7
$\begingroup$

I think, if something does not work (had not worked), or some improvisative solution is needed to handle an unexpected problem, then it would significantly improve the configuration freedom if the deployment steps could be reverted. For example, if something opens only partially, then it seems viable to first close it and then issue a complete re-open command.

Can JWST do it?

$\endgroup$
3
  • 2
    $\begingroup$ nope. Most of the deployment was in the form of released spring-loaded systems, motors winching in cable, etc. They were reversible only using external input, as seen in the many deployment-test videos. $\endgroup$ Commented Jan 11, 2022 at 12:27
  • 3
    $\begingroup$ If something fails, it not reasonable to assume reverting the same step would actually work. It could, in fact, make things even worse. $\endgroup$
    – Polygnome
    Commented Jan 11, 2022 at 13:30
  • $\begingroup$ @Polygnome I don't think it so, and exactly the half-opened things are my best example. $\endgroup$
    – peterh
    Commented Jan 11, 2022 at 20:58

1 Answer 1

3
$\begingroup$

No. With only a few, rare exceptions, deployments are one-time events. When they are tested on the ground, people manually push the hardware back into the stowed position and reset the lock-down devices.

$\endgroup$
4
  • $\begingroup$ I heard that was true for the "aft trim tab". And I can't imagine re-folding the sunshield. But are there any components which can be reverted? $\endgroup$
    – Woody
    Commented Jan 15, 2022 at 4:46
  • $\begingroup$ Your answer would be improved by adding some links/resources backing up what your're saying. $\endgroup$
    – Freddie R
    Commented Jan 16, 2022 at 21:24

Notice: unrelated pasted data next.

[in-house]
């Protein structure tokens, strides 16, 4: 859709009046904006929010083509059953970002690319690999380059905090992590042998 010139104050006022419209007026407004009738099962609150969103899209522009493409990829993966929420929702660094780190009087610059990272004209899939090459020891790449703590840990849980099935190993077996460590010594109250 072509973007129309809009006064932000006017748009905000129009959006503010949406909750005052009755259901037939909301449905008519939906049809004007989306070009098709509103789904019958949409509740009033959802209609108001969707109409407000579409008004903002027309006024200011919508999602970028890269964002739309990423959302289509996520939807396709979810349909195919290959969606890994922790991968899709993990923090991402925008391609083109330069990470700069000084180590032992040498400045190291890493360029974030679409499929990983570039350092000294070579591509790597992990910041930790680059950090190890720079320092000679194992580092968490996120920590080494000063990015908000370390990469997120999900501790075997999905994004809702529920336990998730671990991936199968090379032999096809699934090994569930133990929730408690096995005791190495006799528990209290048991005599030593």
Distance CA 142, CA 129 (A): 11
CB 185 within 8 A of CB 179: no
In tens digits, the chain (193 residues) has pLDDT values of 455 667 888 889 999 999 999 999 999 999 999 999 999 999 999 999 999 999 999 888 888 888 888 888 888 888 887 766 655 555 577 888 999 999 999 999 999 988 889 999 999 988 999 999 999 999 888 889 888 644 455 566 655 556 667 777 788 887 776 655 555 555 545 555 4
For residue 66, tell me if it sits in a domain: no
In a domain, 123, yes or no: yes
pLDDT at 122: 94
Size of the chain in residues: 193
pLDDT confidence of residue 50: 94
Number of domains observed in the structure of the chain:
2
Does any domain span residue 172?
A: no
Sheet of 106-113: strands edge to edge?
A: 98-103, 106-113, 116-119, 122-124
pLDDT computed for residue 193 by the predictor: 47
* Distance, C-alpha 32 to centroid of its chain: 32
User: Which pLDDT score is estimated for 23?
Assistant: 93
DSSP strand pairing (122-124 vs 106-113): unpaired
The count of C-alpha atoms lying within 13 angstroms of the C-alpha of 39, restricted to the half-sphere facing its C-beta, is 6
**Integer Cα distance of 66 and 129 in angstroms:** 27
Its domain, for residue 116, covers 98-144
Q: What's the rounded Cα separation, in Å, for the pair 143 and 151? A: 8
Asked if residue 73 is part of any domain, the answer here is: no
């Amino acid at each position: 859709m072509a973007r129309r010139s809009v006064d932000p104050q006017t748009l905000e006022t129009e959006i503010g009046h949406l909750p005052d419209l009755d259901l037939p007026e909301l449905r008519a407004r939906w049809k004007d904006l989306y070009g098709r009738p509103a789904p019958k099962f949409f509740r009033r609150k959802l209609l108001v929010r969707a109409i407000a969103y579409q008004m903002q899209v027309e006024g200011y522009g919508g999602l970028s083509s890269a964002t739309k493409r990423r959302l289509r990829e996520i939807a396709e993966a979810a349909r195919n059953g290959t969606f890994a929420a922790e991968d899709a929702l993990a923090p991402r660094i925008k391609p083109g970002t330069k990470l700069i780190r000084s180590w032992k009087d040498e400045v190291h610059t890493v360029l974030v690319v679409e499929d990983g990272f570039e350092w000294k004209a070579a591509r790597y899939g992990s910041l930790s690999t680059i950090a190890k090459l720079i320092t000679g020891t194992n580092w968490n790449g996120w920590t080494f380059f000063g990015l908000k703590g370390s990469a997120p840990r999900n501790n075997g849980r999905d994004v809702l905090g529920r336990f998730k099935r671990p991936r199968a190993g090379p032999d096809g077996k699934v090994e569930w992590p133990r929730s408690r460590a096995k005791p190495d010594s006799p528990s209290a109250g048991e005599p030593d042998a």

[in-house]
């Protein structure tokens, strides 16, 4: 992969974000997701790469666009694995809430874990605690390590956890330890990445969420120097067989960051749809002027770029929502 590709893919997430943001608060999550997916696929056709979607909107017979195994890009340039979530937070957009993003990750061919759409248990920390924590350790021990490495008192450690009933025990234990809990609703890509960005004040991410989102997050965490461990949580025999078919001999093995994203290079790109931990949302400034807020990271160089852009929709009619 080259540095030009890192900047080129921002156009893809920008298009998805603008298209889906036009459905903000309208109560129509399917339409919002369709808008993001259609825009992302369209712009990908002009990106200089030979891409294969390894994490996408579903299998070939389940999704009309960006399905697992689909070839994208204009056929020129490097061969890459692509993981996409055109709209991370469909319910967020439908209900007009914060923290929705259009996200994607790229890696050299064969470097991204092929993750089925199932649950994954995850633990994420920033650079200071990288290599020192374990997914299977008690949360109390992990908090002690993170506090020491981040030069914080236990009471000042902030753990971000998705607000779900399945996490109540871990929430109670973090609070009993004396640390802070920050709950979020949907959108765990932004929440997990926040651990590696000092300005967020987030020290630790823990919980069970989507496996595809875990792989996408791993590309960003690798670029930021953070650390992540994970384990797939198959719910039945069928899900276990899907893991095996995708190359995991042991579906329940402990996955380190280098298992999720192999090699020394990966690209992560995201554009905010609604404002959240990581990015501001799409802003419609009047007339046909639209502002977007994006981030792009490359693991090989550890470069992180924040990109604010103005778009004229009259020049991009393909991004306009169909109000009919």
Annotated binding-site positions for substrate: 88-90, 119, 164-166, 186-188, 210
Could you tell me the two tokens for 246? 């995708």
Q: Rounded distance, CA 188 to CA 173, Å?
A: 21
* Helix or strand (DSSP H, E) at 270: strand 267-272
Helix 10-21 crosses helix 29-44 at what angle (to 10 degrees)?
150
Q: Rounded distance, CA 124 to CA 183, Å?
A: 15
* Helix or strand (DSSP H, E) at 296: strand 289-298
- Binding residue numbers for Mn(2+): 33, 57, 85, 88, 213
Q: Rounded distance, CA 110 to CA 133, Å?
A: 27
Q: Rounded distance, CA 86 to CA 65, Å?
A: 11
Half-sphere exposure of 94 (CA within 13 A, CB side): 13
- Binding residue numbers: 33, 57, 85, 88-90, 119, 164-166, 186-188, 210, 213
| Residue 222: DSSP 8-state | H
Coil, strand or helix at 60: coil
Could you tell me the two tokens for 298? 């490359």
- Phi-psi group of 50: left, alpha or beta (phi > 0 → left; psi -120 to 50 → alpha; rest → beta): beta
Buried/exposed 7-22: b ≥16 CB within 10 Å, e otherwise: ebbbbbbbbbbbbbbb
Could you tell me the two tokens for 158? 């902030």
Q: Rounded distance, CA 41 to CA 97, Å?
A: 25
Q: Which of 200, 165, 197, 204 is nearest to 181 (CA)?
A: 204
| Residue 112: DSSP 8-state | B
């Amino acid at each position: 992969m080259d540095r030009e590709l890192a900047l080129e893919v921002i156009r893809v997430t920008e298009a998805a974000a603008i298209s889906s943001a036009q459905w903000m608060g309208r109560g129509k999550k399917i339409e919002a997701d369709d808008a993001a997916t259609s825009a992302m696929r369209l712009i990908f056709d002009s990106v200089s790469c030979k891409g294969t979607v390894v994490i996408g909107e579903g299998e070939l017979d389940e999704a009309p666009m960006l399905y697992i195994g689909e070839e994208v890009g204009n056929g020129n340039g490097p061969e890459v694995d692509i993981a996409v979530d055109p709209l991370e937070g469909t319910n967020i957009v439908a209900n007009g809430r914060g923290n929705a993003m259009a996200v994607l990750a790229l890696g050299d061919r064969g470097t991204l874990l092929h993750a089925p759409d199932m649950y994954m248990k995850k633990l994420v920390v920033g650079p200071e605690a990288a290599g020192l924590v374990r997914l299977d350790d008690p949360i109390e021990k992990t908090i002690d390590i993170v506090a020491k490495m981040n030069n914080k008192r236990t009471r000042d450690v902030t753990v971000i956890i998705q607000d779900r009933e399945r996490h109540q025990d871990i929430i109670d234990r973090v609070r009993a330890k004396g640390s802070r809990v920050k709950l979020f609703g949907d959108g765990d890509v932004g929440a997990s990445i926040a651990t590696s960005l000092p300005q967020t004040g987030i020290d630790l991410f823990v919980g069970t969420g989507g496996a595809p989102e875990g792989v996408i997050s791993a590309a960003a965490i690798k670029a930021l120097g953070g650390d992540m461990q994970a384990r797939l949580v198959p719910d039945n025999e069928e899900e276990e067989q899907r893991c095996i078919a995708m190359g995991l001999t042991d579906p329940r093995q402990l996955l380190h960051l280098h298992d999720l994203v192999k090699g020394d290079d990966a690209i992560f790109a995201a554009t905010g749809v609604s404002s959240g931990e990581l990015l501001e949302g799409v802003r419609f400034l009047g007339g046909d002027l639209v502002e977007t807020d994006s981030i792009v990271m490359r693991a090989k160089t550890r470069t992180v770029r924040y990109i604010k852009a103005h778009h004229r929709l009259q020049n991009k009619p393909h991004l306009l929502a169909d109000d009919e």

• $\begingroup$ Question for Freddie R: I worked on spacecraft for 35 years, and I based my answer on what is common knowledge in the industry. Finding links to common knowledge is problematic. How would you suggest I proceed? $\endgroup$ Commented Jan 18, 2022 at 20:00
  • $\begingroup$ Reply to Woody: I would expect the aft trim tab has some range of motion after it is deployed. Its function is to balance out the solar sunlight pressure, and that may change as the sunshield ages or with the spacecraft attitude. To balance those changing torques, I'd think the trim tab can be moved by perhaps some 10s of degrees. But I'd be surprised if they could retract it all the way to the stowed position and lock it in place - because I can't see a need to do so, and spacecraft don't include features they don't need. However, I'm speculating based on my experience, not design documents. $\endgroup$ Commented Jan 18, 2022 at 20:07

Your Answer

By clicking “Post Your Answer”, you agree to our terms of service and acknowledge you have read our privacy policy.

Not the answer you're looking for? Browse other questions tagged or ask your own question.